A search on USAJobs.gov for "policy" shows 7,134 openings including for a health science policy analyst at NIH and environmental policy analyst at the EPA. Image: Bob Korn/Shutterstock.com

Moving federal employees in positions involved in making or carrying out policy from the competitive service to the excepted service, as anticipated by a new executive order would change the status of such positions in areas ranging from hiring to firing.

In excepted service hiring, agencies need not even publicize generally that a position is available and do not use the ranking procedures used in competitive service hiring to identify top candidates for referral to the hiring official. Further, veterans preference applies in excepted service only “as far as administratively feasible.”


Says the order, “Given the importance of the functions they discharge, employees in such positions must display appropriate temperament, acumen, impartiality, and sound judgment. Due to these requirements, agencies should have a greater degree of appointment flexibility with respect to these employees than is afforded by the existing competitive service process.”

“This action will also give agencies greater ability and discretion to assess critical qualities in applicants to fill these positions, such as work ethic, judgment, and ability to meet the particular needs of the agency. These are all qualities individuals should have before wielding the authority inherent in their prospective positions, and agencies should be able to assess candidates without proceeding through complicated and elaborate competitive service processes or rating procedures that do not necessarily reflect their particular needs,” it says.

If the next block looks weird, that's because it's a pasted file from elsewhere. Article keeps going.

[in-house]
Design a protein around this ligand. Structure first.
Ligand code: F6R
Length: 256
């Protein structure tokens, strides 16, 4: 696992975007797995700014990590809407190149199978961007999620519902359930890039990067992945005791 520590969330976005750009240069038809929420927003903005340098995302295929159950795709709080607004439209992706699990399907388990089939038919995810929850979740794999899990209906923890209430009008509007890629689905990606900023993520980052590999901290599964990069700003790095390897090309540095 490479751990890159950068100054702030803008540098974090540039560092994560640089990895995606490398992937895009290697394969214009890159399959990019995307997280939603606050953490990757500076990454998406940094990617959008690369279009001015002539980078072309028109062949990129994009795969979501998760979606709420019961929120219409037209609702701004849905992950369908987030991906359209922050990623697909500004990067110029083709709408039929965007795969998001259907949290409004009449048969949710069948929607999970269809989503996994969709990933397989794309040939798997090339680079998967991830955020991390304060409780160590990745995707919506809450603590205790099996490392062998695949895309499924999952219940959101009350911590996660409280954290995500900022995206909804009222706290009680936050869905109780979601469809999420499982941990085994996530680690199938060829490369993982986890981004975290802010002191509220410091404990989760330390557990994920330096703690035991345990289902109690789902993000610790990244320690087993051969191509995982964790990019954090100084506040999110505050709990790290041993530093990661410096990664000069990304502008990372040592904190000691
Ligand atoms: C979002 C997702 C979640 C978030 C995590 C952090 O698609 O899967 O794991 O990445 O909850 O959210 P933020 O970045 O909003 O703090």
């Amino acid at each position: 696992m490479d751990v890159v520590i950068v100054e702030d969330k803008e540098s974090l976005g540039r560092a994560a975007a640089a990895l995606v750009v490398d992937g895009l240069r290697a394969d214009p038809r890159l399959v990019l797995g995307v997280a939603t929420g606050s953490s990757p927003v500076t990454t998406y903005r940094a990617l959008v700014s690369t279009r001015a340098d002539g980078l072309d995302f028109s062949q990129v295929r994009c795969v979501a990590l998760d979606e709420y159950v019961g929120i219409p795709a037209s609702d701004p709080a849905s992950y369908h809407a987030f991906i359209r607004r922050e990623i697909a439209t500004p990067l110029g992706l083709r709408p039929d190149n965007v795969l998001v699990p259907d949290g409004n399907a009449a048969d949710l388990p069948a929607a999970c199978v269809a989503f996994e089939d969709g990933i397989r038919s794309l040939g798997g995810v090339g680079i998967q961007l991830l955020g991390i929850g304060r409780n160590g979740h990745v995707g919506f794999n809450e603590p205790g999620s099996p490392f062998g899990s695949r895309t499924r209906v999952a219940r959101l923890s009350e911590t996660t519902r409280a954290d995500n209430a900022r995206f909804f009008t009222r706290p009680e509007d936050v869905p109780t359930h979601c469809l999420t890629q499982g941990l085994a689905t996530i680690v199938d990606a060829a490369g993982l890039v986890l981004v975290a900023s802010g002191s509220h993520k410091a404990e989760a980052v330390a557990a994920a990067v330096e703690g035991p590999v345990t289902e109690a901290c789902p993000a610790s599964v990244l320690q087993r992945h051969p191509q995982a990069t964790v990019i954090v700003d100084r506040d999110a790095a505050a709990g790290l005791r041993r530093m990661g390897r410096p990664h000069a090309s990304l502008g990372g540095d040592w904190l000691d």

The order further would remove job protections in disciplinary cases, saying those protections require agencies to “comply with extensive procedures before taking adverse action against an employee. These requirements can make removing poorly performing employees difficult . . . Agencies need the flexibility to expeditiously remove poorly performing employees from these positions without facing extensive delays or litigation.”

It adds that while protections against “prohibited personnel practices” would continue for affected employees, agencies would be required to request the FLRA to exclude any who are in union bargaining units from those units, “paying particular attention to the question of whether incumbents in such positions are required or authorized to formulate, determine, or influence the policies of the agency.”

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FERS Retirement Guide 2022